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Publication #ENH1241

Mexican Sycamore (Platanus mexicana)1

Gary W. Knox2

Mexican sycamore (Platanus mexicana) is a fast growing, drought tolerant tree boasting smooth white and tan bark and large, maple-like leaves with velvety, silver undersides. Native to northeastern and central Mexico, this tree's cold hardiness is not well defined. However, Mexican sycamore grows well as far north as USDA Cold Hardiness Zone 8b in Texas and Florida.

Figure 1. 

Mexican sycamore (Platanus mexicana)


Gary Knox, UF/IFAS

[Click thumbnail to enlarge.]

Mexican sycamore is slightly smaller than our native American sycamore (Platanus occidentalis). While known to grow up to 80 feet or more in the wild, Mexican sycamore typically reaches a mature height of 50 feet in the landscape, with a width of about 30 feet. The tree is deciduous, with an upright rounded crown. Mexican sycamore grows best in full sun and is adapted to most soils, including alkaline soils. While considered drought tolerant, the best success occurs when plants are irrigated until established.

The lobed, maple-like leaves are up to 8 inches wide and olive-green, sometimes turning yellow before falling in December. Leaf undersides of mature trees (at least 4 to 6 years old) develop short, dense, whitish hairs, resulting in an attractive silvery appearance. The large leaves can be a nuisance if they fall where leaves must be raked. Like the American sycamore, the aggressive roots and relatively large mature size of this tree suggest that it should not be used near structures and pavement or under power lines.

Male and female flowers are borne separately on the same plant from December through February, and appear as greenish balls hanging from the branches. Aggregate-like fruit about 1 1/2 inches in diameter follow in April through August.

Mexican sycamore is resistant to bacterial leaf scorch, which can be a problem on American sycamore. This bacterium causes leaves to curl and turn brown and may eventually kill American sycamore. Two fungal diseases occasionally affecting Mexican sycamore are anthracnose and powdery mildew. Anthracnose causes moderate to severe leaf drop during cool, wet springs. Initial symptoms are light brown areas forming along the veins of new leaves; if severe, anthracnose can cause cankers as well as leaf drop. Powdery mildew appears as a whitish dust on leaves.

Sycamore lace bugs may feed on leaf undersides in late summer and fall. The feeding results in a stippled appearance on the top of the leaf and black spots of feces on the underside. So far, observations of this tree in Florida suggest that infestations of sycamore lace bugs are not as severe as on American sycamore. Aphids may also feed on leaves; they cause little damage to the tree, but they exude honeydew upon which sooty mold grows and turns leaf surfaces black.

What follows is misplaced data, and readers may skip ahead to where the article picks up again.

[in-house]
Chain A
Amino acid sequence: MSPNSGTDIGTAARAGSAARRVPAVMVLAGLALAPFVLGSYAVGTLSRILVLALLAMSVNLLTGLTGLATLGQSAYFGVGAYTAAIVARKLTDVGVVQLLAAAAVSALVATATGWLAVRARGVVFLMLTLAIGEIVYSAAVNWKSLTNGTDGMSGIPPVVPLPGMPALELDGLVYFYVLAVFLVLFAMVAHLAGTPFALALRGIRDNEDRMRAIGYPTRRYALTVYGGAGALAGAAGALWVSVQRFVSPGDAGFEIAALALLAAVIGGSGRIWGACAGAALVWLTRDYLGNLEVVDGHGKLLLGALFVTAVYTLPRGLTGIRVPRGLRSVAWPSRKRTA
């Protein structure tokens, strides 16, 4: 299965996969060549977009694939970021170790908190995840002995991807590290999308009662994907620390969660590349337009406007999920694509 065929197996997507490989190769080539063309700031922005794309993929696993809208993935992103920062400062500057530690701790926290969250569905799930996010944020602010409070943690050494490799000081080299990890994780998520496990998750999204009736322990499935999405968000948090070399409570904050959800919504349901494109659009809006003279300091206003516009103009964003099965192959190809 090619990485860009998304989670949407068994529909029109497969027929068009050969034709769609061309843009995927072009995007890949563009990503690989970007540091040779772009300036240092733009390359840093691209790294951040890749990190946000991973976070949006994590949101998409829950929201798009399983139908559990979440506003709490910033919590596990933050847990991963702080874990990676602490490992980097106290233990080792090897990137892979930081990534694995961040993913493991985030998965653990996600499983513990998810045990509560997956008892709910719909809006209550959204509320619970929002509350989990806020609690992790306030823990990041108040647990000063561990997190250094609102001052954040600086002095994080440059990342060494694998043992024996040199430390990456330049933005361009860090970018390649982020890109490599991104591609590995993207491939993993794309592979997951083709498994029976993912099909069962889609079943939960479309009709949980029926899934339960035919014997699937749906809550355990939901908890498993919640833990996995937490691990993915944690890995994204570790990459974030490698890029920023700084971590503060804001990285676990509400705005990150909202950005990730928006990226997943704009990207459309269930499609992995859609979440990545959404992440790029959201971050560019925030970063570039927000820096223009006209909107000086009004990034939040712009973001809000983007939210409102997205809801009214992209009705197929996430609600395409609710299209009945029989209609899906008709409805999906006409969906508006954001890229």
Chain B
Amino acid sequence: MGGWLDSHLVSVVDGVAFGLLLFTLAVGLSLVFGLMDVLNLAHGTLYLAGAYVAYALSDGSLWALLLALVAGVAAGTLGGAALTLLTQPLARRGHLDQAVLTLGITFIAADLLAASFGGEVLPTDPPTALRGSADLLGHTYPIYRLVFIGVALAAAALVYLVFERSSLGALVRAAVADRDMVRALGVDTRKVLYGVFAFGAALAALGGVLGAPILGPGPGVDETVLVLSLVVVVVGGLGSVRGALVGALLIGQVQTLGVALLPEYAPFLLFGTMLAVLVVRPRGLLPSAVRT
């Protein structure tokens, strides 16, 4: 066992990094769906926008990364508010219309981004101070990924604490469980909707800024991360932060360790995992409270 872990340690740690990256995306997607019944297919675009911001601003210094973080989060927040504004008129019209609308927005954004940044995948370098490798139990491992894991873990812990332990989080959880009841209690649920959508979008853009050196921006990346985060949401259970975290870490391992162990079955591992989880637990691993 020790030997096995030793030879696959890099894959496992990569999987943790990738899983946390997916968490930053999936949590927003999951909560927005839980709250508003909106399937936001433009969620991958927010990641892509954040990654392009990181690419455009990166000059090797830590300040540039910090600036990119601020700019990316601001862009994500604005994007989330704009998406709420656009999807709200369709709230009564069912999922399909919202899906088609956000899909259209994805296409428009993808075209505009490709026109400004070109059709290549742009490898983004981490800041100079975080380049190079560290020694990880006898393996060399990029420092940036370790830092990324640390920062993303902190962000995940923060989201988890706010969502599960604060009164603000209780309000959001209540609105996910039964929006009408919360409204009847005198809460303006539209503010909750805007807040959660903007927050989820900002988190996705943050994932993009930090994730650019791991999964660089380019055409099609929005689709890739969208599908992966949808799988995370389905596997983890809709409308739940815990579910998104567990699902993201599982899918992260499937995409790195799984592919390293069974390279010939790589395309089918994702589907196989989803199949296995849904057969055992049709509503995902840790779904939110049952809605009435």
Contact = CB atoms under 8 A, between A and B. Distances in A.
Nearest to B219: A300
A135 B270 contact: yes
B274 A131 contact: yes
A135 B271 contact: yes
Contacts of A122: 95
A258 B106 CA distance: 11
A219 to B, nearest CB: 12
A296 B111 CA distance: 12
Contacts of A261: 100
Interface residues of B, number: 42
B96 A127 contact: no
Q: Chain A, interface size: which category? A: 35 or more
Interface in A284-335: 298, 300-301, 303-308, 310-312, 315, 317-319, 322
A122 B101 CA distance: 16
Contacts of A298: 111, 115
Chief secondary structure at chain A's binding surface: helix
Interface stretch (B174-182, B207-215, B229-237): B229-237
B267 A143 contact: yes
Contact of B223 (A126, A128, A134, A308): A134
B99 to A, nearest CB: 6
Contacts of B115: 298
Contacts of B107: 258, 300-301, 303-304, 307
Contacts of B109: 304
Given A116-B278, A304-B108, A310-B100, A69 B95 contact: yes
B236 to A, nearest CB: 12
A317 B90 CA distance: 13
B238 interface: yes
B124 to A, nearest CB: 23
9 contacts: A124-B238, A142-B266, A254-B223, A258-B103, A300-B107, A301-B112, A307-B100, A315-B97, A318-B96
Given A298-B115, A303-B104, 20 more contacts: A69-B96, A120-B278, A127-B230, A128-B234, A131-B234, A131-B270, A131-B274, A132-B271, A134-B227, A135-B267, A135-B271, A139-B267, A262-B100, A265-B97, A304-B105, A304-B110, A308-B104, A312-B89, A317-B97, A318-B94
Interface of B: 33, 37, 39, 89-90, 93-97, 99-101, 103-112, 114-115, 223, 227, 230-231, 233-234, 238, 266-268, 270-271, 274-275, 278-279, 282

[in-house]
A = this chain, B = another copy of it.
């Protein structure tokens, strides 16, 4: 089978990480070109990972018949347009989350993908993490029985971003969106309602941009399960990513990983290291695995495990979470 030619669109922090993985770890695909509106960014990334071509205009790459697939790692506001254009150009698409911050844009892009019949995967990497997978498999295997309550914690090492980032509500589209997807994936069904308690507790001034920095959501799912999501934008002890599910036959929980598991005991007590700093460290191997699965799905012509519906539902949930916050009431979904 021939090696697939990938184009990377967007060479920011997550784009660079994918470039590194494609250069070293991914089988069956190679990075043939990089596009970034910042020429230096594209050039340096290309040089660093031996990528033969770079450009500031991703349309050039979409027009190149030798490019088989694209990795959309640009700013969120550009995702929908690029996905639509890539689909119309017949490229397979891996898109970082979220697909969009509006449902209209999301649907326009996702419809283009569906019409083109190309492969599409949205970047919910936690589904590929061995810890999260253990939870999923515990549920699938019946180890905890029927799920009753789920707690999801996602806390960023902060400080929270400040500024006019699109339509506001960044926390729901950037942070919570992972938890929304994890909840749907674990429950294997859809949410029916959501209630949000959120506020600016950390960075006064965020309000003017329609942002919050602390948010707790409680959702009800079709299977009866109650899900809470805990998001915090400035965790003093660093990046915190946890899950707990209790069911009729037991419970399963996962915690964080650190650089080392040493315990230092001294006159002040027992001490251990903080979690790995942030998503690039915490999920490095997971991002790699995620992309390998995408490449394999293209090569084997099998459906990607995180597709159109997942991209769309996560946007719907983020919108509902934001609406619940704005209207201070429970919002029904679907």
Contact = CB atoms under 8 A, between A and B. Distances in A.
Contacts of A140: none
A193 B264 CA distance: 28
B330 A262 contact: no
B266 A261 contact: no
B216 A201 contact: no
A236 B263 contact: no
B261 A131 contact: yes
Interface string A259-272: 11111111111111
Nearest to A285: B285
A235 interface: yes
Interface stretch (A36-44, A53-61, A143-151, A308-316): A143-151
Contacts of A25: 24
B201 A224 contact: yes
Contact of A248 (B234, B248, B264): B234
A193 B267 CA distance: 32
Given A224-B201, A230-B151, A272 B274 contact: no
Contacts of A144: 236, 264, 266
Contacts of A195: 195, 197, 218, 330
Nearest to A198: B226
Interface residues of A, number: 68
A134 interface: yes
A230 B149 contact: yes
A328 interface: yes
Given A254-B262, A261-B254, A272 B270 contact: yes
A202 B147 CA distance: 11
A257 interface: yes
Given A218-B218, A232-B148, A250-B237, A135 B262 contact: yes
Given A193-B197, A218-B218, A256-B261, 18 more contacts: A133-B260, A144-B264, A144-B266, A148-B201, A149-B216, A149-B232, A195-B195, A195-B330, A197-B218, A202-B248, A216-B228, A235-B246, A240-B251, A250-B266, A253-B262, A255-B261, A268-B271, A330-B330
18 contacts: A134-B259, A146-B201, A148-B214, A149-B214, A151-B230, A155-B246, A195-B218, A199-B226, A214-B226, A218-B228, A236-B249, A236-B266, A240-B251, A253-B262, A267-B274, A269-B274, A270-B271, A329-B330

Mexican sycamore is an attractive, smaller statured alternative to American sycamore. Unfortunately, it is not commonly grown by Florida nurseries and may be difficult to find.

Platanus mexicana (Mexican sycamore) has not yet been evaluated using the UF/IFAS Assessment of Non-Native Plants in Florida’s Natural Areas ( Without this assessment, the temporary conclusion is that P. mexicana is not a problem species at this time and may be recommended.

Figure 2. 

Closeup of the silvery underside of a Mexican sycamore leaf.


Gary Knox, UF/IFAS

[Click thumbnail to enlarge.]



This document is ENH1241, one of a series of the Department of Environmental Horticulture, UF/IFAS Extension. Original publication date May 2014. Reviewed February 2017. Visit the EDIS website at


Gary W. Knox, professor, Department of Environmental Horticulture; UF/IFAS North Florida Research and Education Center, Quincy, FL 32351.

The Institute of Food and Agricultural Sciences (IFAS) is an Equal Opportunity Institution authorized to provide research, educational information and other services only to individuals and institutions that function with non-discrimination with respect to race, creed, color, religion, age, disability, sex, sexual orientation, marital status, national origin, political opinions or affiliations. For more information on obtaining other UF/IFAS Extension publications, contact your county's UF/IFAS Extension office.

U.S. Department of Agriculture, UF/IFAS Extension Service, University of Florida, IFAS, Florida A & M University Cooperative Extension Program, and Boards of County Commissioners Cooperating. Nick T. Place, dean for UF/IFAS Extension.